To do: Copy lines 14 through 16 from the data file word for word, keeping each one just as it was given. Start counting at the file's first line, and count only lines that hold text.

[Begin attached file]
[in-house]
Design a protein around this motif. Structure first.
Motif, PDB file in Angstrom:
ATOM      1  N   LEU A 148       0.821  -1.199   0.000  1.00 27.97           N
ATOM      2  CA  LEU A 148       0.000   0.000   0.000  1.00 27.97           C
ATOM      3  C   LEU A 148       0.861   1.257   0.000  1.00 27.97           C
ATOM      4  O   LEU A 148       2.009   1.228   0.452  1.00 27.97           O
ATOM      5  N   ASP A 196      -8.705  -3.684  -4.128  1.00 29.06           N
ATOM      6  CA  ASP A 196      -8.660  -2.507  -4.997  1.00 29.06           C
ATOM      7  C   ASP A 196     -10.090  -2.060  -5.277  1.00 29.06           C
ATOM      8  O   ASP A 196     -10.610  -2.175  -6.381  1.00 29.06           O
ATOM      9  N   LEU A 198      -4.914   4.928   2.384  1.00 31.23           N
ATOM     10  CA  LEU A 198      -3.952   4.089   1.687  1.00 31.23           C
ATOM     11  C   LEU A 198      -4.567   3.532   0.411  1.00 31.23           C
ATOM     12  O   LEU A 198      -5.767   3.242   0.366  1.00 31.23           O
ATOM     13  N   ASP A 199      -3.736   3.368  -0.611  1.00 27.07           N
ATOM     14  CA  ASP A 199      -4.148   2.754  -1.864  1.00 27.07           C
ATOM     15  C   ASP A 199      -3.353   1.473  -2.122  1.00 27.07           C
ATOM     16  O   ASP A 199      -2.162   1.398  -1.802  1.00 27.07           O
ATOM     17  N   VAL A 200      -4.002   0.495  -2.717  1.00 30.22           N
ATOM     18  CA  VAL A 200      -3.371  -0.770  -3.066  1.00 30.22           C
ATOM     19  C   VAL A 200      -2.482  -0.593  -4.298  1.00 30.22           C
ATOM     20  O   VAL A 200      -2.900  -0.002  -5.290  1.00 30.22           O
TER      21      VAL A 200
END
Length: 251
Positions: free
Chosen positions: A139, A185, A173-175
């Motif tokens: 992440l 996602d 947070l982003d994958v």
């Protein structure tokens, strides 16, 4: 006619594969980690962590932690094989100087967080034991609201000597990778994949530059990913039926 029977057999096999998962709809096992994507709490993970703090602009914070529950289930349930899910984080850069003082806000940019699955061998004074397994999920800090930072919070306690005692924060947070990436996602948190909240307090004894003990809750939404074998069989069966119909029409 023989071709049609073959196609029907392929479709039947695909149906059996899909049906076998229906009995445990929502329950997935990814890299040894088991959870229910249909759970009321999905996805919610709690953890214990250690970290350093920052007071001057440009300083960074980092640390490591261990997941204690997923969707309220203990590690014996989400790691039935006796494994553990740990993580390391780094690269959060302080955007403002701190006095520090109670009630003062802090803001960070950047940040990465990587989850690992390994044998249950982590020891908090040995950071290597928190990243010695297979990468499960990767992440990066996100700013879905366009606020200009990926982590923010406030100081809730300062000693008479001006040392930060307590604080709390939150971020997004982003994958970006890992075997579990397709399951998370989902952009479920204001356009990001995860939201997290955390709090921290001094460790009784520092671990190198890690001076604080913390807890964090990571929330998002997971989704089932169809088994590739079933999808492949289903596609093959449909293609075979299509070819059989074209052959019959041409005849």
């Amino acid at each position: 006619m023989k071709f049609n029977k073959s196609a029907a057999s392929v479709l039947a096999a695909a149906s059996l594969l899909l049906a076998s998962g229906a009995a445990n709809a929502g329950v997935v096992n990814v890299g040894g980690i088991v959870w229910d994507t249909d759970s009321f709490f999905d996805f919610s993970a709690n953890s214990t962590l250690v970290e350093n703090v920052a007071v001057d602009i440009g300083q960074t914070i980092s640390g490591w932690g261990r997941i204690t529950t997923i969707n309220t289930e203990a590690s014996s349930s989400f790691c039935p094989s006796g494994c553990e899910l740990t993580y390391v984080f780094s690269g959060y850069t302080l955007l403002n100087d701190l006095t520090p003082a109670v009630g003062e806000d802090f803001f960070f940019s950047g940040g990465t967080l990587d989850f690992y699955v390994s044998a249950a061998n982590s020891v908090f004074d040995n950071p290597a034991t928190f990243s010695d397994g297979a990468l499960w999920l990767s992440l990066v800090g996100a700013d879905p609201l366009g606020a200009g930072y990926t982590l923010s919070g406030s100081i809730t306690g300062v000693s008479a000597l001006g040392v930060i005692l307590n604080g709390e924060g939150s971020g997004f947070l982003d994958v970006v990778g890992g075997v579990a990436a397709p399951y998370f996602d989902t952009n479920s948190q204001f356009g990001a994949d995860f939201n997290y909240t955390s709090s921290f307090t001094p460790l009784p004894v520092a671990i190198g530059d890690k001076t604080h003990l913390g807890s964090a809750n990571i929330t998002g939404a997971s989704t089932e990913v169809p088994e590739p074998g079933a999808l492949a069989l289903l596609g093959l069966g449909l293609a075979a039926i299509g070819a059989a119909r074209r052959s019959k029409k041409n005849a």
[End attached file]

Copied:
ATOM     11  C   LEU A 198      -4.567   3.532   0.411  1.00 31.23           C
ATOM     12  O   LEU A 198      -5.767   3.242   0.366  1.00 31.23           O
ATOM     13  N   ASP A 199      -3.736   3.368  -0.611  1.00 27.07           N